Geri Barish has been at the forefront of the battle against breast cancer on Long Island since 1988, and has earned the distinction of being New York State's preeminent breast cancer activist.
In 1996, Geri was awarded the 1st Annual New York State Innovation in Breast Cancer Early Detection and Research Award. Governor and Mrs. Pataki at the Executive Mansion in Albany, and numerous groups and organizations in the local community have honored her. One of her more recent honors was to be included in a short list of potential candidates to fill the State Senate seat left vacant by the death of her dear and beloved friend, Norman J. Levy. Geri is no stranger to the pain and torment of cancer: she is a breast cancer victim and survivor. Her son, Michael, lost his life at a young age of 25 from complications of Hodgkin's Disease. Geri promised Michael that she would dedicate her life to finding the causes and cures for cancer, and she has done so to this day. When Geri visited the White House she told President Clinton that her son had always wanted to see the house-he took the small picture geri brought with her and put it in his pocket-he then said "now he will always be here." Geri will never forget the chill she got—Senator Clinton visited the Hewlett House and cut the Pink Ribbon to open the Pathway of Hope—what a thrill for everyone.
As President of "1 in 9", Geri spearheaded negotiations of The New York State's Pesticide Registry Law, which created an accessible database to determine whether there is a relationship between pesticide use and breast cancer. In March 1997, she spoke in Albany for the bipartisan "Mastectomy Bill", which passed in both the Senate and Assembly. Significantly, Geri stood side by side with Senator Alfonse D'Amato, New York State Senator Joseph Bruno, Majority Leader and Speaker of the Assembly Sheldon Silver, Mrs. Libby Pataki and the entire delegation to announce the passing of the Bill. On March 29, 1997, Governor and Mrs. Pataki came to the State Supreme Court in Mineola to sign the Bill into law.
Her appointment as Executive Director of Hewlett House fulfills a dream and vision Geri had when she began her own struggle with breast cancer. Geri vowed a long time ago, that given the opportunity, no one would have to go through what she did: to battle this dreadful disease alone. Hewlett House is a multi-purpose, professionally staffed facility in a home-like setting, for cancer victims and their family and friends. It is a central place offering information, counseling and meetings; where a pot of coffee is always on the stove and a listening ear available. As Executive Director, Geri oversees the entire operation of Hewlett House, the fundraising efforts and volunteers.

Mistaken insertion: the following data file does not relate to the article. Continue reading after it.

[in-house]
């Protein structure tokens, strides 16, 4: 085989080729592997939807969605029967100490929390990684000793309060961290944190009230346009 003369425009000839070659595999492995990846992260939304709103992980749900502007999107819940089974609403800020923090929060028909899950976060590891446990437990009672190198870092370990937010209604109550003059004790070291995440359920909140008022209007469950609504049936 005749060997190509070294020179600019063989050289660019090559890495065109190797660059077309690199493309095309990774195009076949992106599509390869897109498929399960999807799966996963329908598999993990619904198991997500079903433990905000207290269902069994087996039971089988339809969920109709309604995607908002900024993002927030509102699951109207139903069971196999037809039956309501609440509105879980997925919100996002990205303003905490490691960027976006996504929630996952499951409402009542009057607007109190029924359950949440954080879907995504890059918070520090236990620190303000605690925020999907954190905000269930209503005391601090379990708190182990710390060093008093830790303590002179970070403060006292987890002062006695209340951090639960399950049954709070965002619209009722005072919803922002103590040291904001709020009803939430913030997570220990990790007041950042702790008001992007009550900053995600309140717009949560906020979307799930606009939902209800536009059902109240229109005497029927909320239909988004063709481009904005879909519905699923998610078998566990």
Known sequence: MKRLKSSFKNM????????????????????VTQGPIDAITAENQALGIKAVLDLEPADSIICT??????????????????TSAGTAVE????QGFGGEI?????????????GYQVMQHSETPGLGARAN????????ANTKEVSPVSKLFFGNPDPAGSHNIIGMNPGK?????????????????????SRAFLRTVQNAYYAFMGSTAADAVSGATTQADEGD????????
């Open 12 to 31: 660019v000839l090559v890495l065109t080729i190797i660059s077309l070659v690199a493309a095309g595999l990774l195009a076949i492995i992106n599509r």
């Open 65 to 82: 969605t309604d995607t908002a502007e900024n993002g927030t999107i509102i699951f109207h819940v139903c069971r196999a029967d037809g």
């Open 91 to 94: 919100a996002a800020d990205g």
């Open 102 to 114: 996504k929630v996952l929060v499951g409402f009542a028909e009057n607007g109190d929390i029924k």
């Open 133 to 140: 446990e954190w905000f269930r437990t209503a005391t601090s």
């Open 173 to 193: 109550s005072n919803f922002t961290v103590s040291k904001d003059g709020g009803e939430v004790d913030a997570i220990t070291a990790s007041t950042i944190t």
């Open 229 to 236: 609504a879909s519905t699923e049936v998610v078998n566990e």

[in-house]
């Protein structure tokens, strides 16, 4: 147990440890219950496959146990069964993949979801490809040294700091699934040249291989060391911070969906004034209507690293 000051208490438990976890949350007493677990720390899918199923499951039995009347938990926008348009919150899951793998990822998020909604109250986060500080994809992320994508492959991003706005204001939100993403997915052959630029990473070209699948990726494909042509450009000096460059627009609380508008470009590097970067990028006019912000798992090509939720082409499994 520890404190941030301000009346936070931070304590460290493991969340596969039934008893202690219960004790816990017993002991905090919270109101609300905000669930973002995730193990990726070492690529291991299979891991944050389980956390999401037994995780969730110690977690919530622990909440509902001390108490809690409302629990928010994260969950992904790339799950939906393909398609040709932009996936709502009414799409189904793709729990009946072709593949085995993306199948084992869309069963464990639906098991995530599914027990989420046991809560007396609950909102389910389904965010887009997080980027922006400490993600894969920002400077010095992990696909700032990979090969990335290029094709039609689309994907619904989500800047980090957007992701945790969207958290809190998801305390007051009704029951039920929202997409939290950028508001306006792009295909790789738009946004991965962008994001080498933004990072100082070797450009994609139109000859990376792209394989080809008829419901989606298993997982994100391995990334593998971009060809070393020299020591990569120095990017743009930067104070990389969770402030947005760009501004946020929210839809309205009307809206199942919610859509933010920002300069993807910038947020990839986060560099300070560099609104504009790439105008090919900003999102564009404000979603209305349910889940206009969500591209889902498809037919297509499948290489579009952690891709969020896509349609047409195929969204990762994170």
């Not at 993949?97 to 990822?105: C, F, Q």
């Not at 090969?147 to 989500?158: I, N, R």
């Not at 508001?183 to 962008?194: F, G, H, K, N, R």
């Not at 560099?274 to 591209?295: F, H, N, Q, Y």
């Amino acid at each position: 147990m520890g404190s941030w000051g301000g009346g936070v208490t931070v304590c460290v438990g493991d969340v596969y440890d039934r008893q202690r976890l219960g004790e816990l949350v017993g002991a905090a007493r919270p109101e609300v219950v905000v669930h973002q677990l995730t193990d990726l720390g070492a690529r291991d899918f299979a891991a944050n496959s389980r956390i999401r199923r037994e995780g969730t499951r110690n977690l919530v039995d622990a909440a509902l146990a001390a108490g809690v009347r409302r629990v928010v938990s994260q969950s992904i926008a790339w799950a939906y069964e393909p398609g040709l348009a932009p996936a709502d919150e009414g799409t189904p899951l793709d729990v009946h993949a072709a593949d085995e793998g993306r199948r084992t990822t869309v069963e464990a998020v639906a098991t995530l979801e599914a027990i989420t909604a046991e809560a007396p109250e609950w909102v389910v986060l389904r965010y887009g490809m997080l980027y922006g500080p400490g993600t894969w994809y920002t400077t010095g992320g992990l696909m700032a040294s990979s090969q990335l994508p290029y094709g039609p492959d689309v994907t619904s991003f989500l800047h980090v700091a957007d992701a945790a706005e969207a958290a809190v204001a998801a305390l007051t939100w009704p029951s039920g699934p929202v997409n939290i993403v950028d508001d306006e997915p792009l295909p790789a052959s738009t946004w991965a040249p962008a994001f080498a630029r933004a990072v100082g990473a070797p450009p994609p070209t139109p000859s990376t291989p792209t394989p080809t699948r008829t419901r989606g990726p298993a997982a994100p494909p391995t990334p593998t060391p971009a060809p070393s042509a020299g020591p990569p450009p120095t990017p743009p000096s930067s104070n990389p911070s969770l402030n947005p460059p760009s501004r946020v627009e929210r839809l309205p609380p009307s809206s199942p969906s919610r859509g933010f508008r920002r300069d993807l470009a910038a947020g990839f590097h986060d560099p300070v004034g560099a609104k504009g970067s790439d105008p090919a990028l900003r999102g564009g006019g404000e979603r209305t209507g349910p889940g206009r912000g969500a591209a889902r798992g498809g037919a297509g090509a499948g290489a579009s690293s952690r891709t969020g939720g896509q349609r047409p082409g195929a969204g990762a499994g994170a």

Geri's dedication and perseverance has resulted in increased national funding, the implementation and overseeing of the Long Island Breast Cancer Study Project, which is the first scientific symposium held on Long Island to determine whether there was a need for a separate Long Island study of breast cancer; and the establishment of the ongoing Michael Scott Barish Human Cancer Grant at Cold Spring Harbor Laboratory for the research into genetic mutations that could cause breast cancer, lymphoma, and leukemia. In March 1997, Dr. Michael Wigler, the scientist supported by that grant, announced the discovery of the breast cancer gene, P-TEN. To date, 1 in 9 has donated almost $1 million dollars!
Geri is a member of the National Action Plan Personal Risk Factors Committee, the Governor's Health Task Force, the Ad-Hoc Committee of Cornell University and the Department of Environmental Conservation on Breast Cancer and Environmental Risk Factors, and the American Cancer Society's "Reach To Recovery" Volunteers. She has met personally with President and Mrs. Clinton and has been instrumental in persuading United States Senator D'Amato, NY State Senator Joseph Bruno, Majority Leader and Speaker of the Assembly Sheldon Silver, to throw their full weight into Long Island's battle against breast cancer.
In 1997, Geri was the Suffolk County Women's Bar Association and Women and the Law Committee honoree. She has been honored by the Sierra Club of Long Island as "Environmentalist of the Year", received the Long Island Community Award from the Nurses Society of Long Island, the "Distinguished Service Award" from the League of Women's Voters, and the Town of Hempstead's "Pathfinder Award", to name a few of the many honors bestowed upon her.
In 1993, Geri and her husband (wheel chair bound) and their son Eric traveled to Las Vegas for a Computer Convention and combined vacation. While there, they received a phone call that their home had burned down-Geri just made some phone, had her friends waiting at the airport with warm clothes and a wheel chair. They checked into a hotel and Geri proceeded to find a home handicapped accessible that they could rent and resumed putting their lives back in order. They lost everything, but luckily Geri found some pictures to treasure.
Geri lives in Baldwin, New York with her husband Alan, her son Eric, and faithful dog, Sam.
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